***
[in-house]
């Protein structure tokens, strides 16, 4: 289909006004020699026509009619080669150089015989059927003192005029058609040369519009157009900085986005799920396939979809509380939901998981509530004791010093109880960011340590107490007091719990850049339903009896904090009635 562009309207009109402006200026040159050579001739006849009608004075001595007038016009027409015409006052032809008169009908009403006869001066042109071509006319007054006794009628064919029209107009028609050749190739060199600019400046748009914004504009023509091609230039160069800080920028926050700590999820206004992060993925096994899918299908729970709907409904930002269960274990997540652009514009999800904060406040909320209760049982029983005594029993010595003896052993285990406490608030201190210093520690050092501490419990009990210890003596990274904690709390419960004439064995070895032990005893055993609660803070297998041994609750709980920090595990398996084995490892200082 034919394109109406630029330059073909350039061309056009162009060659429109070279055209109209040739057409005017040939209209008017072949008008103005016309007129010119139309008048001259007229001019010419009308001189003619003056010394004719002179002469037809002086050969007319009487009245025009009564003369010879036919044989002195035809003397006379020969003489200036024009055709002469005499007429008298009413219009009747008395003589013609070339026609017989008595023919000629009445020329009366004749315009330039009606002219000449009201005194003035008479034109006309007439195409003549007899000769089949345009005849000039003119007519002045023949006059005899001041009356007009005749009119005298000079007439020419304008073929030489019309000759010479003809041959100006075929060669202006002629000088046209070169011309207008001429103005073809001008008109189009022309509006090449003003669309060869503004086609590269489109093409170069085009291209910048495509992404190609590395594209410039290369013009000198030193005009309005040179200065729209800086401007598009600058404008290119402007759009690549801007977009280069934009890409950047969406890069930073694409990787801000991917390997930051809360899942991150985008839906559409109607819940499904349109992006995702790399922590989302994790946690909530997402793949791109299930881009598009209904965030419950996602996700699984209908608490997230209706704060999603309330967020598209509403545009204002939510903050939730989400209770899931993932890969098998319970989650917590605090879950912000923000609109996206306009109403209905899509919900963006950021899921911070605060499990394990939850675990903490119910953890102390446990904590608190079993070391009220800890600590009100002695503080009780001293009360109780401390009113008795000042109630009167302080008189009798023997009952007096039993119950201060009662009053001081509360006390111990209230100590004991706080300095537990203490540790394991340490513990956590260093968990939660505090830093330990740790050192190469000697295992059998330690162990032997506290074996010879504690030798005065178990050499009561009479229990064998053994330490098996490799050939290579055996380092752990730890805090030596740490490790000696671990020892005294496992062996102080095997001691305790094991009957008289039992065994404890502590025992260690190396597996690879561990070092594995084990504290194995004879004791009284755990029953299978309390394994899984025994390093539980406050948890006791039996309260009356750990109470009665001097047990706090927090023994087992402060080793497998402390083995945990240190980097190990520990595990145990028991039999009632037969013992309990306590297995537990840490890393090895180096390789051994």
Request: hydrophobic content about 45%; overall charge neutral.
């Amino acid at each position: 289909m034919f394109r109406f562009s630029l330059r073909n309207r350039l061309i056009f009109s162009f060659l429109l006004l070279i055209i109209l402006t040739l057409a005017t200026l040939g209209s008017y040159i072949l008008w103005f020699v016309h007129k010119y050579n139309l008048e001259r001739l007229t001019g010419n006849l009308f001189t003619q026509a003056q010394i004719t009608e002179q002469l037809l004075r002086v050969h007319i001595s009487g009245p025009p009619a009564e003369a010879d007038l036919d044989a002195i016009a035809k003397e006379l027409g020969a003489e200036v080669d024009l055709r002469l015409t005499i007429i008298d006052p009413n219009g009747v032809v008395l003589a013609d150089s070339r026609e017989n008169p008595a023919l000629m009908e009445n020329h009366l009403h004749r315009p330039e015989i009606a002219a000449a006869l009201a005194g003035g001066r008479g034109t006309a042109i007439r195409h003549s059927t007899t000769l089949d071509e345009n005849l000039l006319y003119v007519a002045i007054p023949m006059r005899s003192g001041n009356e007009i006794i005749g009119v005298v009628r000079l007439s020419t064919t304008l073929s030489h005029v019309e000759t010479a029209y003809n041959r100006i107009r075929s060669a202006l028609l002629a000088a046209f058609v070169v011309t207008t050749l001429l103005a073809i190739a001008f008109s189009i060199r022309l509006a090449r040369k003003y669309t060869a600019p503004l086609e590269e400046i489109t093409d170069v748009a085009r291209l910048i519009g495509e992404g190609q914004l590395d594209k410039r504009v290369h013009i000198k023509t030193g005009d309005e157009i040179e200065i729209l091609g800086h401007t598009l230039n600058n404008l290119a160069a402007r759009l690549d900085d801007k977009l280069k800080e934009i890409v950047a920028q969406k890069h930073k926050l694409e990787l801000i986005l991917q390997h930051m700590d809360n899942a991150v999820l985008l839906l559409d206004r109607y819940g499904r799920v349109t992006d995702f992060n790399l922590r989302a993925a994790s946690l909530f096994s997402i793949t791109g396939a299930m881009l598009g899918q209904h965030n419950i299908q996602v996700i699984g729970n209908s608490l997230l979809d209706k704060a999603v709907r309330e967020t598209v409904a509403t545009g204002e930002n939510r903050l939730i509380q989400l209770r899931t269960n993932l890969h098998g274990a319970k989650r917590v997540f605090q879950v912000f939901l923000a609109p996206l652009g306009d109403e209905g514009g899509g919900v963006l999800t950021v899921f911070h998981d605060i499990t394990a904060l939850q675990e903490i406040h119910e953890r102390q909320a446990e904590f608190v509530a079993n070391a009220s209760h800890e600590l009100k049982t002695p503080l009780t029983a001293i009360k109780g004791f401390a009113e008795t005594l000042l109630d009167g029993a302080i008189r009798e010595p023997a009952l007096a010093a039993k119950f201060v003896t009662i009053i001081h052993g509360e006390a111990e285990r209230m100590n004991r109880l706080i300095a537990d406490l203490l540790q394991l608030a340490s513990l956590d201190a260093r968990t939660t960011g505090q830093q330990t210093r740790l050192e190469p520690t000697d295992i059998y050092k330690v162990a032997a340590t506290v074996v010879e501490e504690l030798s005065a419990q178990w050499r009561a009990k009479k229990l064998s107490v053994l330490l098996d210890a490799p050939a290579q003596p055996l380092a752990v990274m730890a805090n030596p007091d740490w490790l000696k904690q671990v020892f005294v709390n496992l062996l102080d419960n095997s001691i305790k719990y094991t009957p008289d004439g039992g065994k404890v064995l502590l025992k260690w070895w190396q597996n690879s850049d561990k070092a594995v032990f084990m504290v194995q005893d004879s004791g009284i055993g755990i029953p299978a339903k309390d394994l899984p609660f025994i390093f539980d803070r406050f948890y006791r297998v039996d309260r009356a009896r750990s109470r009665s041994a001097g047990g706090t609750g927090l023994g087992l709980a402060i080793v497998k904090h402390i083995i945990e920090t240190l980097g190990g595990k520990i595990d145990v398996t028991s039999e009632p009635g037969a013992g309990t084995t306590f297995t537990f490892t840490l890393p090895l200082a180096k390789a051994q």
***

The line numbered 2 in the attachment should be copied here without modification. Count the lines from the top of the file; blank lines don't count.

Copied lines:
């Protein structure tokens, strides 16, 4: 289909006004020699026509009619080669150089015989059927003192005029058609040369519009157009900085986005799920396939979809509380939901998981509530004791010093109880960011340590107490007091719990850049339903009896904090009635 562009309207009109402006200026040159050579001739006849009608004075001595007038016009027409015409006052032809008169009908009403006869001066042109071509006319007054006794009628064919029209107009028609050749190739060199600019400046748009914004504009023509091609230039160069800080920028926050700590999820206004992060993925096994899918299908729970709907409904930002269960274990997540652009514009999800904060406040909320209760049982029983005594029993010595003896052993285990406490608030201190210093520690050092501490419990009990210890003596990274904690709390419960004439064995070895032990005893055993609660803070297998041994609750709980920090595990398996084995490892200082 034919394109109406630029330059073909350039061309056009162009060659429109070279055209109209040739057409005017040939209209008017072949008008103005016309007129010119139309008048001259007229001019010419009308001189003619003056010394004719002179002469037809002086050969007319009487009245025009009564003369010879036919044989002195035809003397006379020969003489200036024009055709002469005499007429008298009413219009009747008395003589013609070339026609017989008595023919000629009445020329009366004749315009330039009606002219000449009201005194003035008479034109006309007439195409003549007899000769089949345009005849000039003119007519002045023949006059005899001041009356007009005749009119005298000079007439020419304008073929030489019309000759010479003809041959100006075929060669202006002629000088046209070169011309207008001429103005073809001008008109189009022309509006090449003003669309060869503004086609590269489109093409170069085009291209910048495509992404190609590395594209410039290369013009000198030193005009309005040179200065729209800086401007598009600058404008290119402007759009690549801007977009280069934009890409950047969406890069930073694409990787801000991917390997930051809360899942991150985008839906559409109607819940499904349109992006995702790399922590989302994790946690909530997402793949791109299930881009598009209904965030419950996602996700699984209908608490997230209706704060999603309330967020598209509403545009204002939510903050939730989400209770899931993932890969098998319970989650917590605090879950912000923000609109996206306009109403209905899509919900963006950021899921911070605060499990394990939850675990903490119910953890102390446990904590608190079993070391009220800890600590009100002695503080009780001293009360109780401390009113008795000042109630009167302080008189009798023997009952007096039993119950201060009662009053001081509360006390111990209230100590004991706080300095537990203490540790394991340490513990956590260093968990939660505090830093330990740790050192190469000697295992059998330690162990032997506290074996010879504690030798005065178990050499009561009479229990064998053994330490098996490799050939290579055996380092752990730890805090030596740490490790000696671990020892005294496992062996102080095997001691305790094991009957008289039992065994404890502590025992260690190396597996690879561990070092594995084990504290194995004879004791009284755990029953299978309390394994899984025994390093539980406050948890006791039996309260009356750990109470009665001097047990706090927090023994087992402060080793497998402390083995945990240190980097190990520990595990145990028991039999009632037969013992309990306590297995537990840490890393090895180096390789051994």